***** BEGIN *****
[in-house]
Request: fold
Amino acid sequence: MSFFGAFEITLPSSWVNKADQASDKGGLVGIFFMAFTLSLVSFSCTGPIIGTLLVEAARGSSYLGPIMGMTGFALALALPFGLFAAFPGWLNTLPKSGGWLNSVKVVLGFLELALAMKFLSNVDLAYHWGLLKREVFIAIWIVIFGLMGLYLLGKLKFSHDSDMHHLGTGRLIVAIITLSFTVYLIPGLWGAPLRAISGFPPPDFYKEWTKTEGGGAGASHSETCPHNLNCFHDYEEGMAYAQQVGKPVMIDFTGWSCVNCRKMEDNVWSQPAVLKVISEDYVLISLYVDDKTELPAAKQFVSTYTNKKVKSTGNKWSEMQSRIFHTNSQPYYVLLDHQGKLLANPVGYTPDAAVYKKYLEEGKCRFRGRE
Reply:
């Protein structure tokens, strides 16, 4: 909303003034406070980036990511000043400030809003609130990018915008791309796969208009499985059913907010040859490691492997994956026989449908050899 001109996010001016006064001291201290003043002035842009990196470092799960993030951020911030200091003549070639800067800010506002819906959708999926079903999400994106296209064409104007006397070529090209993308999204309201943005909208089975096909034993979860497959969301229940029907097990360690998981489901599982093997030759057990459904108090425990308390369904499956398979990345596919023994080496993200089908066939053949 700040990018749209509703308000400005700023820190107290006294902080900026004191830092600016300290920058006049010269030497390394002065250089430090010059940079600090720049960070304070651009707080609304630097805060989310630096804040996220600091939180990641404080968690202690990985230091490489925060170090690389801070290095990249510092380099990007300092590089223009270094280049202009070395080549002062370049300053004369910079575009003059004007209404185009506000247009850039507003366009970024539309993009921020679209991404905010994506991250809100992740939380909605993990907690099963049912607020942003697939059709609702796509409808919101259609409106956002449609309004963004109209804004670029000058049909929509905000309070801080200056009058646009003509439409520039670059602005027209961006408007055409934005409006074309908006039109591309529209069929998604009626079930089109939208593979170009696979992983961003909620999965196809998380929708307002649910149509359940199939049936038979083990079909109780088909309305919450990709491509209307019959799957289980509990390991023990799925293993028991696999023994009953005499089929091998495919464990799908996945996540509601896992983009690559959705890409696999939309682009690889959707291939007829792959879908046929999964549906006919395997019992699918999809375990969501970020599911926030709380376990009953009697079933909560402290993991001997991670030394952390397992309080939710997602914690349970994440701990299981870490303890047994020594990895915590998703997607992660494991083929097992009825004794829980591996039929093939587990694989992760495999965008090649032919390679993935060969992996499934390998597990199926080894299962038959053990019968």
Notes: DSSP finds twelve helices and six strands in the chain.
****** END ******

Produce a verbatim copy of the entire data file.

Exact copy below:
[in-house]
Request: fold
Amino acid sequence: MSFFGAFEITLPSSWVNKADQASDKGGLVGIFFMAFTLSLVSFSCTGPIIGTLLVEAARGSSYLGPIMGMTGFALALALPFGLFAAFPGWLNTLPKSGGWLNSVKVVLGFLELALAMKFLSNVDLAYHWGLLKREVFIAIWIVIFGLMGLYLLGKLKFSHDSDMHHLGTGRLIVAIITLSFTVYLIPGLWGAPLRAISGFPPPDFYKEWTKTEGGGAGASHSETCPHNLNCFHDYEEGMAYAQQVGKPVMIDFTGWSCVNCRKMEDNVWSQPAVLKVISEDYVLISLYVDDKTELPAAKQFVSTYTNKKVKSTGNKWSEMQSRIFHTNSQPYYVLLDHQGKLLANPVGYTPDAAVYKKYLEEGKCRFRGRE
Reply:
């Protein structure tokens, strides 16, 4: 909303003034406070980036990511000043400030809003609130990018915008791309796969208009499985059913907010040859490691492997994956026989449908050899 001109996010001016006064001291201290003043002035842009990196470092799960993030951020911030200091003549070639800067800010506002819906959708999926079903999400994106296209064409104007006397070529090209993308999204309201943005909208089975096909034993979860497959969301229940029907097990360690998981489901599982093997030759057990459904108090425990308390369904499956398979990345596919023994080496993200089908066939053949 700040990018749209509703308000400005700023820190107290006294902080900026004191830092600016300290920058006049010269030497390394002065250089430090010059940079600090720049960070304070651009707080609304630097805060989310630096804040996220600091939180990641404080968690202690990985230091490489925060170090690389801070290095990249510092380099990007300092590089223009270094280049202009070395080549002062370049300053004369910079575009003059004007209404185009506000247009850039507003366009970024539309993009921020679209991404905010994506991250809100992740939380909605993990907690099963049912607020942003697939059709609702796509409808919101259609409106956002449609309004963004109209804004670029000058049909929509905000309070801080200056009058646009003509439409520039670059602005027209961006408007055409934005409006074309908006039109591309529209069929998604009626079930089109939208593979170009696979992983961003909620999965196809998380929708307002649910149509359940199939049936038979083990079909109780088909309305919450990709491509209307019959799957289980509990390991023990799925293993028991696999023994009953005499089929091998495919464990799908996945996540509601896992983009690559959705890409696999939309682009690889959707291939007829792959879908046929999964549906006919395997019992699918999809375990969501970020599911926030709380376990009953009697079933909560402290993991001997991670030394952390397992309080939710997602914690349970994440701990299981870490303890047994020594990895915590998703997607992660494991083929097992009825004794829980591996039929093939587990694989992760495999965008090649032919390679993935060969992996499934390998597990199926080894299962038959053990019968």
Notes: DSSP finds twelve helices and six strands in the chain.